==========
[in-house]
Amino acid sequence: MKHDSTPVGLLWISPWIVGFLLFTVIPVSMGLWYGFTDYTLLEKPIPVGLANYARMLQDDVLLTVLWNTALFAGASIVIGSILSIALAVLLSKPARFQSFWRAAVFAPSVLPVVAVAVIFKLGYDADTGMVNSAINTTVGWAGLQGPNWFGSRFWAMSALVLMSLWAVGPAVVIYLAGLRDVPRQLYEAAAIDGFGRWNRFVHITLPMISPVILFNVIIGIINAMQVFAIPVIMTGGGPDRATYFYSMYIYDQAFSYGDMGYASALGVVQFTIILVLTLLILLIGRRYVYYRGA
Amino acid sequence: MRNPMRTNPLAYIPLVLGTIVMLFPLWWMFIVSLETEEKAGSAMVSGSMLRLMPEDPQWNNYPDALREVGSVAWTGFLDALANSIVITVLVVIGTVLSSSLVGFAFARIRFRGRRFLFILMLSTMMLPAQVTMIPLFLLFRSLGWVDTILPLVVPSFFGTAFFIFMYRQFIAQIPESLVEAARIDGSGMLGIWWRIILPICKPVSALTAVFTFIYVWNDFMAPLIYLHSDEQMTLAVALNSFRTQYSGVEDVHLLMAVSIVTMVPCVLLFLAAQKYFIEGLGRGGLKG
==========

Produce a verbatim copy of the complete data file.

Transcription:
[in-house]
Amino acid sequence: MKHDSTPVGLLWISPWIVGFLLFTVIPVSMGLWYGFTDYTLLEKPIPVGLANYARMLQDDVLLTVLWNTALFAGASIVIGSILSIALAVLLSKPARFQSFWRAAVFAPSVLPVVAVAVIFKLGYDADTGMVNSAINTTVGWAGLQGPNWFGSRFWAMSALVLMSLWAVGPAVVIYLAGLRDVPRQLYEAAAIDGFGRWNRFVHITLPMISPVILFNVIIGIINAMQVFAIPVIMTGGGPDRATYFYSMYIYDQAFSYGDMGYASALGVVQFTIILVLTLLILLIGRRYVYYRGA
Amino acid sequence: MRNPMRTNPLAYIPLVLGTIVMLFPLWWMFIVSLETEEKAGSAMVSGSMLRLMPEDPQWNNYPDALREVGSVAWTGFLDALANSIVITVLVVIGTVLSSSLVGFAFARIRFRGRRFLFILMLSTMMLPAQVTMIPLFLLFRSLGWVDTILPLVVPSFFGTAFFIFMYRQFIAQIPESLVEAARIDGSGMLGIWWRIILPICKPVSALTAVFTFIYVWNDFMAPLIYLHSDEQMTLAVALNSFRTQYSGVEDVHLLMAVSIVTMVPCVLLFLAAQKYFIEGLGRGGLKG